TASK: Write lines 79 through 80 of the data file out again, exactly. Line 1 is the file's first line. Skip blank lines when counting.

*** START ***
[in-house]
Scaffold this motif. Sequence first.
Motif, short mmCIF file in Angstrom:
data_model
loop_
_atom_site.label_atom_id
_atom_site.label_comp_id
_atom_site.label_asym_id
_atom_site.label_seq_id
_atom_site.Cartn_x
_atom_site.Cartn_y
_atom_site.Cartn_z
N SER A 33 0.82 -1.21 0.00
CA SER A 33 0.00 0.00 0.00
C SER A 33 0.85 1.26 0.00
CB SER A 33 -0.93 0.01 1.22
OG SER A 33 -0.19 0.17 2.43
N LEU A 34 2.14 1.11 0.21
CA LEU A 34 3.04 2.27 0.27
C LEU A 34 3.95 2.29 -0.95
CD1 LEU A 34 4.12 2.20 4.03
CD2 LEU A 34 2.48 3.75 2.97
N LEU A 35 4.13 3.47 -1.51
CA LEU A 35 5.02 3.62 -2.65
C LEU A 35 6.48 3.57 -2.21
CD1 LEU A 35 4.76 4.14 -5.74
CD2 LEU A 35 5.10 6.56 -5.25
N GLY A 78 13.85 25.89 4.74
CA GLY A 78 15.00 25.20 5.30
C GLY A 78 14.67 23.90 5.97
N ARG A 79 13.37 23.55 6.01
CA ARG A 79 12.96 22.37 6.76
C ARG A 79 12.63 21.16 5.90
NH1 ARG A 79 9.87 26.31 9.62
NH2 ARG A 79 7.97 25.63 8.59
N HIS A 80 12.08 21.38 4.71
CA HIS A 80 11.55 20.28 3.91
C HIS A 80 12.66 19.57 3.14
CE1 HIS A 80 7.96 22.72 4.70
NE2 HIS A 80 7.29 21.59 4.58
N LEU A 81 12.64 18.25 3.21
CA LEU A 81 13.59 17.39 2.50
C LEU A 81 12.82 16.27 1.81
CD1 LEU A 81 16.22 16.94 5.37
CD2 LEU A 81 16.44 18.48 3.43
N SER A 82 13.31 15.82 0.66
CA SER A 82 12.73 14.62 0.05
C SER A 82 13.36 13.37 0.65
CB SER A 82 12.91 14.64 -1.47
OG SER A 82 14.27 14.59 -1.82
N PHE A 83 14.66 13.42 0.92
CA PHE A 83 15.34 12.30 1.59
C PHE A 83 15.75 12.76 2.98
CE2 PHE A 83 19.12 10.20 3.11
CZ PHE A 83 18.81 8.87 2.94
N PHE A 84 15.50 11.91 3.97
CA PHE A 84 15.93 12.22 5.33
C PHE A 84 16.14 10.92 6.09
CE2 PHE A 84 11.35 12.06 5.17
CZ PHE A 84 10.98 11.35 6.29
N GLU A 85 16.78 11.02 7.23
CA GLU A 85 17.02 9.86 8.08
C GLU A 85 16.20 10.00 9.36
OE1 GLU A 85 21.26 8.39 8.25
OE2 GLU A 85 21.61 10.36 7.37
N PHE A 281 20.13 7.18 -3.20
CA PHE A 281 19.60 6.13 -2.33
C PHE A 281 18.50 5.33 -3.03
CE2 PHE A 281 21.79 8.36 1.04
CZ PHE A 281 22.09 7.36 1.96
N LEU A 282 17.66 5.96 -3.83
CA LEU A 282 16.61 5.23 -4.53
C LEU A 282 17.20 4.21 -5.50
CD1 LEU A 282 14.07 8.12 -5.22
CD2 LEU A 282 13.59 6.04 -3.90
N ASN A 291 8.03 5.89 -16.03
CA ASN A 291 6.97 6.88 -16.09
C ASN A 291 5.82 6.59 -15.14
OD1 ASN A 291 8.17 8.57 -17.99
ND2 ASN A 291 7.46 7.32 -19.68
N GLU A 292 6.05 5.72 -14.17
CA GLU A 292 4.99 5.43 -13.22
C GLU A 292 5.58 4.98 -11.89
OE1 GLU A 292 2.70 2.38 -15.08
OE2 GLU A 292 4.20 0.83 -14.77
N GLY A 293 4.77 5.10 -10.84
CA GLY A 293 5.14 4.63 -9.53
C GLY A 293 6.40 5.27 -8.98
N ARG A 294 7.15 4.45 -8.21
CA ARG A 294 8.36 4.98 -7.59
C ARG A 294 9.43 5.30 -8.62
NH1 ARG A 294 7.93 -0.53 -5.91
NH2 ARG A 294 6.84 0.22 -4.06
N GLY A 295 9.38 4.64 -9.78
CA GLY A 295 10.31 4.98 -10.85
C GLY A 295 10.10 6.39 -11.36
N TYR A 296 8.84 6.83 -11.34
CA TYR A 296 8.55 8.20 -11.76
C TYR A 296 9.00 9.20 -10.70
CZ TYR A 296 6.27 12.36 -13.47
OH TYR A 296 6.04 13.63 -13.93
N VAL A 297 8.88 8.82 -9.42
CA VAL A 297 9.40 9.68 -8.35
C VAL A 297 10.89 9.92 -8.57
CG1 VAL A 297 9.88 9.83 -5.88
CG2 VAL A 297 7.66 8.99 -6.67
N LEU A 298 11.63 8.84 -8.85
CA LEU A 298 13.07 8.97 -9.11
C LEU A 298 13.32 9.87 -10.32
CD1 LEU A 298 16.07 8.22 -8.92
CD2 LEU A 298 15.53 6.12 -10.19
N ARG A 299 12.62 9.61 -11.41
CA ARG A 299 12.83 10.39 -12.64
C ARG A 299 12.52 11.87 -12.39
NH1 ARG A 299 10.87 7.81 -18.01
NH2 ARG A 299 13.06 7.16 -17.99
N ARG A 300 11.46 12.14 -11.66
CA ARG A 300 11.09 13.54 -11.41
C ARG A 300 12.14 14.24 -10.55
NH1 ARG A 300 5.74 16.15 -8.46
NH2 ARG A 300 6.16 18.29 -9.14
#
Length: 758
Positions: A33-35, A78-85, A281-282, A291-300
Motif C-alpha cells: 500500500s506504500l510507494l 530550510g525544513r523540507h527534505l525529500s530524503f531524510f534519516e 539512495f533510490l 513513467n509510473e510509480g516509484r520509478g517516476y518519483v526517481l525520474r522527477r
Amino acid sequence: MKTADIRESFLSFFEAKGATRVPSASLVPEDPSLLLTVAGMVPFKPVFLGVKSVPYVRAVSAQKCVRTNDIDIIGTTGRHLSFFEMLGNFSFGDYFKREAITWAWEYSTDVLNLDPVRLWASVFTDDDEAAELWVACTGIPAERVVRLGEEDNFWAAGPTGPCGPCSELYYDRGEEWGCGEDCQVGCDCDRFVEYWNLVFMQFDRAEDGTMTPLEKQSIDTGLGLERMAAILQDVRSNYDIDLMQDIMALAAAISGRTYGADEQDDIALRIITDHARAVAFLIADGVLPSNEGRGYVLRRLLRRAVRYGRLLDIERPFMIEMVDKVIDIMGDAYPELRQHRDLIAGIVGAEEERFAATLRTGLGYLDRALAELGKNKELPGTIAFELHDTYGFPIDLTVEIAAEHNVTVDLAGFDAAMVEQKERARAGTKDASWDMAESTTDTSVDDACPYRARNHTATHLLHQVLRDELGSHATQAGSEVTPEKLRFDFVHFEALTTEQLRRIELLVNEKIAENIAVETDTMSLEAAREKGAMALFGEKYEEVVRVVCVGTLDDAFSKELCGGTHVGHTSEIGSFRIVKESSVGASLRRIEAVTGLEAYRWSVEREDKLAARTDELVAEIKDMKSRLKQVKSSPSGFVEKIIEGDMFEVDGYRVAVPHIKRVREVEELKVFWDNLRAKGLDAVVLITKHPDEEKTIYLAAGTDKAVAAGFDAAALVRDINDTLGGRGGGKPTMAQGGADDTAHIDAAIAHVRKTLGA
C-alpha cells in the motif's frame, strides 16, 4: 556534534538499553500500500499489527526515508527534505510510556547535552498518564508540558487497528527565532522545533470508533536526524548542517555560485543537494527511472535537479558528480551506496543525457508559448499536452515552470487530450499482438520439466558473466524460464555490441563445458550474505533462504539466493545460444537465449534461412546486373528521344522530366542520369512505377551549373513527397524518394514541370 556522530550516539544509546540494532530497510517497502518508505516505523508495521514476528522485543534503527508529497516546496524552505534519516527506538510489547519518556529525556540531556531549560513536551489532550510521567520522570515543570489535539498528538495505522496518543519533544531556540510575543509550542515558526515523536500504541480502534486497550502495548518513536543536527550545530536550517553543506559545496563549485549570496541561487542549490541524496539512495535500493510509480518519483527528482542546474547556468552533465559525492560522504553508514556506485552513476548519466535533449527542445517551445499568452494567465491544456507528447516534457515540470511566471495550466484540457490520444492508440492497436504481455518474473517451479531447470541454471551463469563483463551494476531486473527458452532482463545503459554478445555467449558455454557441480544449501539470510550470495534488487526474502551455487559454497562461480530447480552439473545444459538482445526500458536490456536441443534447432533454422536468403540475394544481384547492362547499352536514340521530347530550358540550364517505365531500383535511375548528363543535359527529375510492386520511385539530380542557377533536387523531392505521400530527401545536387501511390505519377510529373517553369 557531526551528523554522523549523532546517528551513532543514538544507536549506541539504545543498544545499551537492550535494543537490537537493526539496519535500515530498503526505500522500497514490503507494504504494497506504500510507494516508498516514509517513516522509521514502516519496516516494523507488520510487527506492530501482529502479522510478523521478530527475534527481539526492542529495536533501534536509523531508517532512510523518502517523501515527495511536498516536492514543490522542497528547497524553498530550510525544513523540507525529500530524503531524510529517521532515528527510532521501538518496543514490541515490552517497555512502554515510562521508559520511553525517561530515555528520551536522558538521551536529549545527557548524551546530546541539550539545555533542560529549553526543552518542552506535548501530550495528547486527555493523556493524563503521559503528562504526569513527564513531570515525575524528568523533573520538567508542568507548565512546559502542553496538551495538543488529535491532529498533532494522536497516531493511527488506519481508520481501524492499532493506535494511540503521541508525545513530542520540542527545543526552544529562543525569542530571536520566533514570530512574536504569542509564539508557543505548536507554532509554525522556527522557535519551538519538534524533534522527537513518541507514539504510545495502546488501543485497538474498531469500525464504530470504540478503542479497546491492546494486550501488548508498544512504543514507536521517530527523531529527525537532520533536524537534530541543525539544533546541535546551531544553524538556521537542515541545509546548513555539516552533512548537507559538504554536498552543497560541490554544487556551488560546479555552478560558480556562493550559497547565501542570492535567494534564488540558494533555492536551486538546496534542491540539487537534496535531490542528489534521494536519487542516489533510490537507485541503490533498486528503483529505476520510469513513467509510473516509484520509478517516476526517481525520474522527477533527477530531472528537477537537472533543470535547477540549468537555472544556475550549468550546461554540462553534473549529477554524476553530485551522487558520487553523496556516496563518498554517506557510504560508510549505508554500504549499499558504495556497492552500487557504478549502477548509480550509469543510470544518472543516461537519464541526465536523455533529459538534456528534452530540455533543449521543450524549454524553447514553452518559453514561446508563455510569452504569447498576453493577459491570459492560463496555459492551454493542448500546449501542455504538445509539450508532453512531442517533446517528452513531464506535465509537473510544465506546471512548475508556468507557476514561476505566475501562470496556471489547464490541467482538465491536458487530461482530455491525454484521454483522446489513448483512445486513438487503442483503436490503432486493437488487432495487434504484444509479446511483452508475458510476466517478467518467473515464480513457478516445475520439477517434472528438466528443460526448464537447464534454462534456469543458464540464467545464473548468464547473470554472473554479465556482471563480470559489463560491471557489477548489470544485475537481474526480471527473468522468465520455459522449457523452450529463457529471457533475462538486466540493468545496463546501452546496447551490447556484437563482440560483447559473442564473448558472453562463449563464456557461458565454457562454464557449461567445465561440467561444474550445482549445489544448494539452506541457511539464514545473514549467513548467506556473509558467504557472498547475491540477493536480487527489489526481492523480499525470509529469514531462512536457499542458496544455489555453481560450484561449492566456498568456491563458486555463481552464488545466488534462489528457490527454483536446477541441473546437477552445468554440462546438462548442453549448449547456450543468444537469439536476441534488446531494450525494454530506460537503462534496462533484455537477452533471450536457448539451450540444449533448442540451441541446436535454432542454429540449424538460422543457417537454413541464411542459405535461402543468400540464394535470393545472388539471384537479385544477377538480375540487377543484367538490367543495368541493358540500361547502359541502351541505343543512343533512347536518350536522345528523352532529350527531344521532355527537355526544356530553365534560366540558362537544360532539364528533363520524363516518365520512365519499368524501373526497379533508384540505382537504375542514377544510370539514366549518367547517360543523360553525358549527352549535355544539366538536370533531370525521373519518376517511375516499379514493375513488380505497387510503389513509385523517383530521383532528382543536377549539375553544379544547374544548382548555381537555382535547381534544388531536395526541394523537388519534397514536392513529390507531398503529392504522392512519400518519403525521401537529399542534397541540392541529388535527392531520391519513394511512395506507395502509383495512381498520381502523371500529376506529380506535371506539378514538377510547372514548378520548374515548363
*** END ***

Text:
OD1 ASN A 291 8.17 8.57 -17.99
ND2 ASN A 291 7.46 7.32 -19.68